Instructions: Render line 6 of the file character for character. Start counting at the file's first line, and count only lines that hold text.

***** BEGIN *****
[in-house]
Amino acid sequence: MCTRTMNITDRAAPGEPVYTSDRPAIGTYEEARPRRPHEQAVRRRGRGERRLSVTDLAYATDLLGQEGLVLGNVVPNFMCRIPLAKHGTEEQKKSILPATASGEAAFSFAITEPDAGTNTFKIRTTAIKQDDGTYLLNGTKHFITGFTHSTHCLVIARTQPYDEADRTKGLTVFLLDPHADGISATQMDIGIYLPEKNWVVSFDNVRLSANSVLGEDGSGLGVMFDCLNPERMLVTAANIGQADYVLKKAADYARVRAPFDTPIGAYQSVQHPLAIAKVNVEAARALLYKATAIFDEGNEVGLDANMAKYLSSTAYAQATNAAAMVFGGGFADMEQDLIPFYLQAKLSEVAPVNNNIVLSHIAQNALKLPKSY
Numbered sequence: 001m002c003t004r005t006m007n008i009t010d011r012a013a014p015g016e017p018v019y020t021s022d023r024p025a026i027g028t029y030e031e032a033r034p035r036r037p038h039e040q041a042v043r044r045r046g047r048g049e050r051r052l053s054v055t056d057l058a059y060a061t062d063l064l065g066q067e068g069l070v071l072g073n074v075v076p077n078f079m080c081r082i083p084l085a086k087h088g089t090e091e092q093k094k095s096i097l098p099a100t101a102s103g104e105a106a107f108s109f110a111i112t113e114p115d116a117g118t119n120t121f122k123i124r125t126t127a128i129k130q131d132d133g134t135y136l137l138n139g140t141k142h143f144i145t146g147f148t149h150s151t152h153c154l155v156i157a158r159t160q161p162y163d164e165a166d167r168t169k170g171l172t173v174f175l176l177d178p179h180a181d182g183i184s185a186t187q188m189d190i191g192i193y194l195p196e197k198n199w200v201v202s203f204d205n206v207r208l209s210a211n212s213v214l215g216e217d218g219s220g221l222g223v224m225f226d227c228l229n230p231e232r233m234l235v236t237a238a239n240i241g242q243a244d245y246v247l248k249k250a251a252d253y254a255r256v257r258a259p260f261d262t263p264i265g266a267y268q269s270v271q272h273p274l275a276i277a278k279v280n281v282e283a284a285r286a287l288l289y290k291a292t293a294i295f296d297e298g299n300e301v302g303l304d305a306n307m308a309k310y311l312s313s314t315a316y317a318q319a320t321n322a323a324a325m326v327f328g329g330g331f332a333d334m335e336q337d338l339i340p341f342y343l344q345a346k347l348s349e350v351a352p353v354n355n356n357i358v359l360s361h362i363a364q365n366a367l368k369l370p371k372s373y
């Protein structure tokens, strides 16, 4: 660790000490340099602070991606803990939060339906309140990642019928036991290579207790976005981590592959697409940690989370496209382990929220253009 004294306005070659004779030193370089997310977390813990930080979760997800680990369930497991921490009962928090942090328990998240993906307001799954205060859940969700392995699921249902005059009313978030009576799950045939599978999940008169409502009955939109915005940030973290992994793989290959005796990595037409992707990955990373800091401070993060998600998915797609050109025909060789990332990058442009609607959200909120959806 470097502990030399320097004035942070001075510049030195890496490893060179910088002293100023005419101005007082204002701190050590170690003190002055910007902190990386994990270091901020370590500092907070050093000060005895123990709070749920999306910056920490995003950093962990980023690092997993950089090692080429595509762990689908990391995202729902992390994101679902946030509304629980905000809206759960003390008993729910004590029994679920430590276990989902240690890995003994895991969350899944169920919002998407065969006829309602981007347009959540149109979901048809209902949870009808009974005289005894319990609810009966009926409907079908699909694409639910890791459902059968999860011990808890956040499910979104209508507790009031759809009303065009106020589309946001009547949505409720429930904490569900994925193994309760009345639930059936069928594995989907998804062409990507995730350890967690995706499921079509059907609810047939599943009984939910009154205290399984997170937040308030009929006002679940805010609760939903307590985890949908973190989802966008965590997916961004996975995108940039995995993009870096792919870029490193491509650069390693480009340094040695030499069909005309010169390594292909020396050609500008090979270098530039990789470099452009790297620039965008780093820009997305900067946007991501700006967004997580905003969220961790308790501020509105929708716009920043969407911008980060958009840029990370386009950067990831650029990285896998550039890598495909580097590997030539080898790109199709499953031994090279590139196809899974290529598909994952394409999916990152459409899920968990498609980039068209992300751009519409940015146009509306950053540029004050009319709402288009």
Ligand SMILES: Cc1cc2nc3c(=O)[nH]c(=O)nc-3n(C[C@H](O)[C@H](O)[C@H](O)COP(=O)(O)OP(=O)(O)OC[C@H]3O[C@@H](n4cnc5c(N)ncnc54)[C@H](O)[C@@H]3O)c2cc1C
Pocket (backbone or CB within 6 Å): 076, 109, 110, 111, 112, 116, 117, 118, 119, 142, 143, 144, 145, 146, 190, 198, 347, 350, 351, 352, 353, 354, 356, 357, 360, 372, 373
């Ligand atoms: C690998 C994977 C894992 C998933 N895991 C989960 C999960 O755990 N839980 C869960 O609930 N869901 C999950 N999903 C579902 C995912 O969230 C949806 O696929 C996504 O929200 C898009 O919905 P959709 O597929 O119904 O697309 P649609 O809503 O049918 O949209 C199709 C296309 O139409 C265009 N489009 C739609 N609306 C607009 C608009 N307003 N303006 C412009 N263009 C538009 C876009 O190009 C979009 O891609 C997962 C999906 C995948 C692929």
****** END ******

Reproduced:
Pocket (backbone or CB within 6 Å): 076, 109, 110, 111, 112, 116, 117, 118, 119, 142, 143, 144, 145, 146, 190, 198, 347, 350, 351, 352, 353, 354, 356, 357, 360, 372, 373